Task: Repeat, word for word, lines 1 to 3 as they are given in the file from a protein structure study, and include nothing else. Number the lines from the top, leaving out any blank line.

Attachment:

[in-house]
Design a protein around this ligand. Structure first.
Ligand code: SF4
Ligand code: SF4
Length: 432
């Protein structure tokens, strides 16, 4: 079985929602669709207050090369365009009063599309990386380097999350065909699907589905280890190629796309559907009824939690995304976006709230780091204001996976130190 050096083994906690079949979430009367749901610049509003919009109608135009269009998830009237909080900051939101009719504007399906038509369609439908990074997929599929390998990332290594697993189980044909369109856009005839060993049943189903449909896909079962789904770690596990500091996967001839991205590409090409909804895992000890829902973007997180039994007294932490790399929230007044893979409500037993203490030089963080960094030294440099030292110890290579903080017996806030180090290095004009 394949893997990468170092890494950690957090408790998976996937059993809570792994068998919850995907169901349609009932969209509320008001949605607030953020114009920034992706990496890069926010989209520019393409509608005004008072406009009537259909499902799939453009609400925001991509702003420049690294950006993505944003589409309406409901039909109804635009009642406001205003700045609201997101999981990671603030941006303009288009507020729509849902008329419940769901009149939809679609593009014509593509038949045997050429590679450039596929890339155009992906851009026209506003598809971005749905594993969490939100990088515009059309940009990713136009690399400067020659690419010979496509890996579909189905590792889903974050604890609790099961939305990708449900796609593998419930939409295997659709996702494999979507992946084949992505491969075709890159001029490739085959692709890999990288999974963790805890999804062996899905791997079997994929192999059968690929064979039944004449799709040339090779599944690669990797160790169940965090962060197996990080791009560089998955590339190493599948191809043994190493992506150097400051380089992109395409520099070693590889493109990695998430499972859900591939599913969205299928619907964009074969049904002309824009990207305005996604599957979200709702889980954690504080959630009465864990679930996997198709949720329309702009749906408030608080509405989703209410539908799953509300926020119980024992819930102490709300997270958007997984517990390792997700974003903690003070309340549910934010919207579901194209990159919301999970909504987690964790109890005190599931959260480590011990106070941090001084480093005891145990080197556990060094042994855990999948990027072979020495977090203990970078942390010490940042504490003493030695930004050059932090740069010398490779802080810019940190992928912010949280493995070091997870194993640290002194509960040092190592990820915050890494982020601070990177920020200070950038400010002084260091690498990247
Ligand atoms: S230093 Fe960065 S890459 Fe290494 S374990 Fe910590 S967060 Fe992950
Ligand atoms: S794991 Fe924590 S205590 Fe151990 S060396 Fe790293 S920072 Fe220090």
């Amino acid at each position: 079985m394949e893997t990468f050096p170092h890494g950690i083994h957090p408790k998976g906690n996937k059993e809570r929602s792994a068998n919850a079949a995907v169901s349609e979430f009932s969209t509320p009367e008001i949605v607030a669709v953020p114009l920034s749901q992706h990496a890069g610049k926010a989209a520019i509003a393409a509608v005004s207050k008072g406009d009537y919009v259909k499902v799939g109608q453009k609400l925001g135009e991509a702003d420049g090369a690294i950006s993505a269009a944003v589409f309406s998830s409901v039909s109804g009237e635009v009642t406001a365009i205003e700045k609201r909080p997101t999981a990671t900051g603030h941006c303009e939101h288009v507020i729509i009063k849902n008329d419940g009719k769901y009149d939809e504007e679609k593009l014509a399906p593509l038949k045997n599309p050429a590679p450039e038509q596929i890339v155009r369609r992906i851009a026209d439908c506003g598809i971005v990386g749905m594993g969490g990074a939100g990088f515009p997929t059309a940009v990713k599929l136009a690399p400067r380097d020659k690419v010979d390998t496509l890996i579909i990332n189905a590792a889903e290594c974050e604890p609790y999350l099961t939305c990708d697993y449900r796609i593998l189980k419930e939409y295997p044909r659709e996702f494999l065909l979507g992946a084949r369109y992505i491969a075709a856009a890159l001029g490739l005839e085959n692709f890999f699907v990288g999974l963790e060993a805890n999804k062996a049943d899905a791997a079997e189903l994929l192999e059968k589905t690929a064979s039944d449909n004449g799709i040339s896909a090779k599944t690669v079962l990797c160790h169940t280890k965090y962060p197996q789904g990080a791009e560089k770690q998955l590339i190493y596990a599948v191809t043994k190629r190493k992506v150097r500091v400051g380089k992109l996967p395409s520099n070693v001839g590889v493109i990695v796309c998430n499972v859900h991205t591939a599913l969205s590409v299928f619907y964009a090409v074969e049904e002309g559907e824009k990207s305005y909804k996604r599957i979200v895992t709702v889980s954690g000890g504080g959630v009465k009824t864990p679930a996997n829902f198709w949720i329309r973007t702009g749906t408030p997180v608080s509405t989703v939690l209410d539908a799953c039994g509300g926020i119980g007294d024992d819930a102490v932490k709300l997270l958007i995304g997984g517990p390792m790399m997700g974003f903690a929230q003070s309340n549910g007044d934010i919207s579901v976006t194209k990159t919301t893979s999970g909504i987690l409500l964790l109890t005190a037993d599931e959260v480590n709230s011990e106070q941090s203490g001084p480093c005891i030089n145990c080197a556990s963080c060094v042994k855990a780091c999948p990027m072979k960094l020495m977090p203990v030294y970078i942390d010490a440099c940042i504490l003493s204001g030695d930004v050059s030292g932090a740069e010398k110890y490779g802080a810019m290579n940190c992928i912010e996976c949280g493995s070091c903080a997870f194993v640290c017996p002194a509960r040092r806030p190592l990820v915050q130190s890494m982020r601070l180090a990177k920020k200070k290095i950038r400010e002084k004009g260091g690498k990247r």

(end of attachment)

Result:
[in-house]
Design a protein around this ligand. Structure first.
Ligand code: SF4